This Simple 1-Minute Activity Has Dramatically Improved My Memory Recall

Success in daily work — especially when it comes to building relationships — depends on good memory. Retaining the most important information is all about building the right associations.


This Simple 1-Minute Activity Has Dramatically Improved My Memory Recall
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We all know the struggle: A hectic day, a million tasks, 10,000 things to remember. And yes, we have reminder apps on our phones, sticky notes on our computers, and daily journals to help us manage it all.

But it’s often in random moments when memory recall is most important: hallway conversations when you strain to remember that one thing you wanted to share at the last meeting, passing commentary with clients or prospects who ask about product features you just reviewed, casual chit-chat with investors and colleagues who want the 411 in the (virtual) office. These are the moments when our reminders are too often inaccessible.

That’s why strengthening those neuropathways — ensuring more consistent, speedier recall of important facts and details — is critical, both in business and in personal life.

Health experts have long urged a litany of must-dos to help: a daily round of Sudoku or a crossword puzzle, taking an online language-learning class, or playing strategy-based games.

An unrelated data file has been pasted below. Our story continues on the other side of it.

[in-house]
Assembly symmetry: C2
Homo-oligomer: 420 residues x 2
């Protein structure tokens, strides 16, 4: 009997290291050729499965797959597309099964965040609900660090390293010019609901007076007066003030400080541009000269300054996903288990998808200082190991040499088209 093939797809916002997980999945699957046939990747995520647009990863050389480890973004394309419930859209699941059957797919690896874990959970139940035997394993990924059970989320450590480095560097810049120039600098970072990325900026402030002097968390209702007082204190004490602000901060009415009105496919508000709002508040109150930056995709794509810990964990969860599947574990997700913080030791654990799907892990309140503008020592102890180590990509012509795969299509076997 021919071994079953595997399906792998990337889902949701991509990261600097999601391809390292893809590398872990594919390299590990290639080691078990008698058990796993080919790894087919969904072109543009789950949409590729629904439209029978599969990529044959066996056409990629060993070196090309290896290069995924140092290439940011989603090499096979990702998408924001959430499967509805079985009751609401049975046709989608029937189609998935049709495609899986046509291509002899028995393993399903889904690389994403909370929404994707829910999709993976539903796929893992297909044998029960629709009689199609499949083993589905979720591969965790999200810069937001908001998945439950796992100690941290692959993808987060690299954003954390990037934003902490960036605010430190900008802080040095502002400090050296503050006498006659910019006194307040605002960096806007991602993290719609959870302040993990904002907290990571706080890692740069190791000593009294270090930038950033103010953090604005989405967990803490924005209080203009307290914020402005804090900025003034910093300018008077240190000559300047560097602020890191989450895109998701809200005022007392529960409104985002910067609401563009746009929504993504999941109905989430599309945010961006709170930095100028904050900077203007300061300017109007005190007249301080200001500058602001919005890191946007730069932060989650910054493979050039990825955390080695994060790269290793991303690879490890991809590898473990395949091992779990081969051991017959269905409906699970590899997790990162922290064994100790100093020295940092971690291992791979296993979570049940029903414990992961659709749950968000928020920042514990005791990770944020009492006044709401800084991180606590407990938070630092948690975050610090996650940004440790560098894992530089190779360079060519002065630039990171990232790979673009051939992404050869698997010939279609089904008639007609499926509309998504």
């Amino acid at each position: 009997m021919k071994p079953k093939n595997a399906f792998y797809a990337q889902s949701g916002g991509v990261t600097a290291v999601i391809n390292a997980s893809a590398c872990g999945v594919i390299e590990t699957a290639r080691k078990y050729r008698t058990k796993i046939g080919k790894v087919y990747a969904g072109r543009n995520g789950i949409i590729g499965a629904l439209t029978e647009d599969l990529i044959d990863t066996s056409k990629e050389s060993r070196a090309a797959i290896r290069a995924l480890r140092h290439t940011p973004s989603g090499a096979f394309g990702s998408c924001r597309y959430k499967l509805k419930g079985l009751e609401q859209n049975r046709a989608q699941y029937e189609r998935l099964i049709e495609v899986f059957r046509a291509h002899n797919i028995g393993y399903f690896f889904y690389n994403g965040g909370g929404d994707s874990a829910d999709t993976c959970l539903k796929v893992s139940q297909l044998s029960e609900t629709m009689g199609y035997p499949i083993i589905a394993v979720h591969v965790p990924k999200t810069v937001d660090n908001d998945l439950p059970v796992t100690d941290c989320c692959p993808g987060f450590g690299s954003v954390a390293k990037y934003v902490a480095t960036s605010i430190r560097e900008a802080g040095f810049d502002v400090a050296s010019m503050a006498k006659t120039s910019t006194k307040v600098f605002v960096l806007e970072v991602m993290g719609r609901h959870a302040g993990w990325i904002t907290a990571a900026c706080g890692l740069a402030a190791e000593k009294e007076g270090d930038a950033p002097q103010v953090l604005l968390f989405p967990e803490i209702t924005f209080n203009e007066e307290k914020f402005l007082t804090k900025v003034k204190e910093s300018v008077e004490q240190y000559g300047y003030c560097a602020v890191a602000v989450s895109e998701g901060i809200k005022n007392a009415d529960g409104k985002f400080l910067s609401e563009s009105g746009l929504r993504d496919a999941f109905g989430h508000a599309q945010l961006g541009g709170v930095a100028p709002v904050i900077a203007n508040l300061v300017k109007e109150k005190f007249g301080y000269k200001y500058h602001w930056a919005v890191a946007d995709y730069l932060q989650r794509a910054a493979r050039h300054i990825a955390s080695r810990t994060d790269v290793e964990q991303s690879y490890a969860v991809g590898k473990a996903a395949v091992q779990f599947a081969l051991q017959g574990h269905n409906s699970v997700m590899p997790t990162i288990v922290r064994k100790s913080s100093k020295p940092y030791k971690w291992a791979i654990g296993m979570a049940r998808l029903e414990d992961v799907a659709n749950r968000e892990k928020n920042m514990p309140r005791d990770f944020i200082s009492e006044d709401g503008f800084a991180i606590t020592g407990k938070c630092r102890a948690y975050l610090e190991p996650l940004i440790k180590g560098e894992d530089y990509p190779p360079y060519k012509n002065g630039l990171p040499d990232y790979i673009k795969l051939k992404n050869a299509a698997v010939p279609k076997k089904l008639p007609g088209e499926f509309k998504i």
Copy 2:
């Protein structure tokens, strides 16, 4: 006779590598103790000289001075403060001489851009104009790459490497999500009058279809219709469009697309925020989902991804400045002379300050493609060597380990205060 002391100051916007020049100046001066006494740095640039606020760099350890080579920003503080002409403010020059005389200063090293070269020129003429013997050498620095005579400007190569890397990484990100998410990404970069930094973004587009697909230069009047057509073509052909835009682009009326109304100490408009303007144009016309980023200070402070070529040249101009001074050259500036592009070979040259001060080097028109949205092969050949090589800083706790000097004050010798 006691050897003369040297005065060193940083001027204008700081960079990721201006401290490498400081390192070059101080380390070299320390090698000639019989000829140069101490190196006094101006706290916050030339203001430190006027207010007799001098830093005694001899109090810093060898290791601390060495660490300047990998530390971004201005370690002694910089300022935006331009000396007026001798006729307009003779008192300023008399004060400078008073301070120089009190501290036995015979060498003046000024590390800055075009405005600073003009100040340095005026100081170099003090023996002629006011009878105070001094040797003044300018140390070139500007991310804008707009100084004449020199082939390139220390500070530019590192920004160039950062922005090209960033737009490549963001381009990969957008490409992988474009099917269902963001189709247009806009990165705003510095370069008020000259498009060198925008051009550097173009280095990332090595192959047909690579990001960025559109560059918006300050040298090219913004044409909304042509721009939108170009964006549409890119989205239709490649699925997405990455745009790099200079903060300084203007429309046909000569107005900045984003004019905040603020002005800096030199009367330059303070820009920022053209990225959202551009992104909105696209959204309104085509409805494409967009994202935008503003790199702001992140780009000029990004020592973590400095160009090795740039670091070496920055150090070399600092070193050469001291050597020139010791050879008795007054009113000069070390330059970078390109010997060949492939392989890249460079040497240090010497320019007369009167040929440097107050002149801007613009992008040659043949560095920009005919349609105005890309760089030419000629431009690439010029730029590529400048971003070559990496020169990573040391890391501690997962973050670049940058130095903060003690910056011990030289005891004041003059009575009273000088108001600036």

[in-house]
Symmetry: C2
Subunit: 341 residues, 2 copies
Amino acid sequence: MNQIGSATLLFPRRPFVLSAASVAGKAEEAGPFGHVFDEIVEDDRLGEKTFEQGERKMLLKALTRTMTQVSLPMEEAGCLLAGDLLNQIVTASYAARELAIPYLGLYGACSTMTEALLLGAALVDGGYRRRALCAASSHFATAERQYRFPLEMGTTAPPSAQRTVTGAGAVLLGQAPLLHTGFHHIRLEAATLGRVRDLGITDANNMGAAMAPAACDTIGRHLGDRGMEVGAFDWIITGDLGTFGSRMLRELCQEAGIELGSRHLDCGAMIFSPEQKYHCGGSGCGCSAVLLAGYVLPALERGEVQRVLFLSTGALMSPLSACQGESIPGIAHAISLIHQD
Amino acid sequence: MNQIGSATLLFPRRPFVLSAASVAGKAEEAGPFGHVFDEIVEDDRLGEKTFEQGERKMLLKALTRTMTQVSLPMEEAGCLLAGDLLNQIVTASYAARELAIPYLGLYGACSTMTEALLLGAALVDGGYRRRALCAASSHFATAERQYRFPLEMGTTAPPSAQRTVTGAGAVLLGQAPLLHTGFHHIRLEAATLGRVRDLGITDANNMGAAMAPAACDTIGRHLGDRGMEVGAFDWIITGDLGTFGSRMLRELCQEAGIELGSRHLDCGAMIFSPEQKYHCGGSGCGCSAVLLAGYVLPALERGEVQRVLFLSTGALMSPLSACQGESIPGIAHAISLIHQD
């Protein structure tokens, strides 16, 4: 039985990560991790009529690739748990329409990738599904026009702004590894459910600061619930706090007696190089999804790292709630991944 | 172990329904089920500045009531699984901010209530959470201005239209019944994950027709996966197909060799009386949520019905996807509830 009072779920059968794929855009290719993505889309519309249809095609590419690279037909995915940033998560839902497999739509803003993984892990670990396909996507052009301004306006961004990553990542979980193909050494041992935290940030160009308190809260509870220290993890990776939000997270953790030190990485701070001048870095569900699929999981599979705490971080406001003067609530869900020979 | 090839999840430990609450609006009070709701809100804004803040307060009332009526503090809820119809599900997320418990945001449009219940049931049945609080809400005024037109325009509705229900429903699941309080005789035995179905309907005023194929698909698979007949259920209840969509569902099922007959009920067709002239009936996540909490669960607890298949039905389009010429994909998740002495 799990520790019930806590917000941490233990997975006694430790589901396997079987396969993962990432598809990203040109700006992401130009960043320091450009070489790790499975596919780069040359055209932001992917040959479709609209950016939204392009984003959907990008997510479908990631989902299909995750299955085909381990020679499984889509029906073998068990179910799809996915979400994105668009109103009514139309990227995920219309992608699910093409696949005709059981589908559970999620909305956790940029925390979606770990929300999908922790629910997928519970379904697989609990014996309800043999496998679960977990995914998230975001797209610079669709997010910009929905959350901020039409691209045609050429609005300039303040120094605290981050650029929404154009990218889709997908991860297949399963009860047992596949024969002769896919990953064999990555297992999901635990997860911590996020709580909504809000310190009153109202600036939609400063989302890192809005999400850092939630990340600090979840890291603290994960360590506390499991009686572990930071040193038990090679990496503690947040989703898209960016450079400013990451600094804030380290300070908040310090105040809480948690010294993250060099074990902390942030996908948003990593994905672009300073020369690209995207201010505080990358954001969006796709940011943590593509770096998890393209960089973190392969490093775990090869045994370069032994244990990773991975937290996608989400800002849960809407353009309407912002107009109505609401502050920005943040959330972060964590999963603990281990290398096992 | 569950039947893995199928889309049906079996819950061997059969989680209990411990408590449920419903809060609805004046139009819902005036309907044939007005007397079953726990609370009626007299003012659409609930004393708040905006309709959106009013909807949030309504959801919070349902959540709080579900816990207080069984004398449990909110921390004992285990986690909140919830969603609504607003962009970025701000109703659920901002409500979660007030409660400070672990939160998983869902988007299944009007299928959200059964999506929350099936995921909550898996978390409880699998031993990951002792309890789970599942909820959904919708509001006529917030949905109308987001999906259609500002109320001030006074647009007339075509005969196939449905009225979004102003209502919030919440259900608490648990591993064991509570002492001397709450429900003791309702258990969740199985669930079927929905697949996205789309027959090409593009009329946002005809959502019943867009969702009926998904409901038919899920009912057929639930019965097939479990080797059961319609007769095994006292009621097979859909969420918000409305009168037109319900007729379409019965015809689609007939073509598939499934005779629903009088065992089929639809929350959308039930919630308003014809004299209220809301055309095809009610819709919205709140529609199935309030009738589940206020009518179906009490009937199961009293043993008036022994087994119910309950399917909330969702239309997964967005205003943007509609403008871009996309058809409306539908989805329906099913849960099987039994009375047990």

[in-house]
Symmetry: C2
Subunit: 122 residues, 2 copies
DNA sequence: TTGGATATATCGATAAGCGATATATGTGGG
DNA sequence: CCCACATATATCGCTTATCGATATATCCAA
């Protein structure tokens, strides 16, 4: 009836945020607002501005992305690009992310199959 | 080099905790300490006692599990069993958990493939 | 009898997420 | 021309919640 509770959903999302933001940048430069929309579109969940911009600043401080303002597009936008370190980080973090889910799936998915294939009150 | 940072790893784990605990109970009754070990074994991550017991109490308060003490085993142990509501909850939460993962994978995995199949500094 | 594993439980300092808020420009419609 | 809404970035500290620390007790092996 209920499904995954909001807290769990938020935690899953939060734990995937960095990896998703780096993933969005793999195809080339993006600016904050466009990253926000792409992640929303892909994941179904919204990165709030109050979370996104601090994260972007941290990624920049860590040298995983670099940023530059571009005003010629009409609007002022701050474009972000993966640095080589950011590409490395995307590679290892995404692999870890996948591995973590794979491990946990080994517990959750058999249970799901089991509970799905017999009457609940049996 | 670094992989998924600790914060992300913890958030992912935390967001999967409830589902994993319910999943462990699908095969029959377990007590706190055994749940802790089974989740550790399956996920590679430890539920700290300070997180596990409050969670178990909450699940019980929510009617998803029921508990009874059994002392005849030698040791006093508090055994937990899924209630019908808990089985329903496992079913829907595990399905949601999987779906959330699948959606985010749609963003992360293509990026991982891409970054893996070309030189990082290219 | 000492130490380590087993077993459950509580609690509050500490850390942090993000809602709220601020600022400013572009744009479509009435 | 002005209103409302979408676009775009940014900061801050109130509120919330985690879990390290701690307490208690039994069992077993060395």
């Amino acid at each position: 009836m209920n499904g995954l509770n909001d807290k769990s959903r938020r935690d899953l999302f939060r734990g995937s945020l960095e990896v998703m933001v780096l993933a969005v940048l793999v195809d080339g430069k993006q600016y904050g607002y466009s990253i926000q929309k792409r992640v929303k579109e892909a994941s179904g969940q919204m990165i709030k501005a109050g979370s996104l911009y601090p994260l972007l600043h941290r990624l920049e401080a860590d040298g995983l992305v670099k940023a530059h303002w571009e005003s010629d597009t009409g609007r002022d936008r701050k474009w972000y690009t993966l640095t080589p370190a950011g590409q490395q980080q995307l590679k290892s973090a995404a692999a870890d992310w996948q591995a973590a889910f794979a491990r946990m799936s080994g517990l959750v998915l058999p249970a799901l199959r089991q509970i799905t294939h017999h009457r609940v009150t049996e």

For me, however, there’s something more in line with actual experience that makes memory recall easier. It’s one simple activity that involves two steps.

1. Associate and combine. 

I often find that when I associate two things consciously and visually in my mind — specifically, one thing that’s new to me and one thing I know very well — it’s easier to remember the new thing. I then turn them into one “entity” so I can remember them together.

Let’s say, for example, a client brings in a new stakeholder to help with ongoing deal negotiations. You’ve been working with your primary contact, Frank, for a while and know his name well. The new stakeholder is introduced as Leonard. When he’s introduced, picture his name written out. Then, combine the two so they’re associated together — like “F&L” or something similar.

This is probably a given, but I also consciously bookmark the moment as key — like a snapshot of the moment in your mind. This will help with step 2.

2. Revisit all key moments and information from the day.

Take one minute at the end of your day to do a mental check of all key moments that you’ve “bookmarked.” Walk through your new associations and re-visualize the new people or information you need to remember. By forcing a recall, you cement the memory.

That’s it — simple. I don’t recommend doing this for a lot of information, however. This exercise forces you to identify people/information that are the most critical to your professional work or personal life. In my experiences, it’s best not to push past five to seven “bookmarks” in a day. I consider this a boon, though; this allows me to focus on what really matters and spend less energy on what doesn’t.

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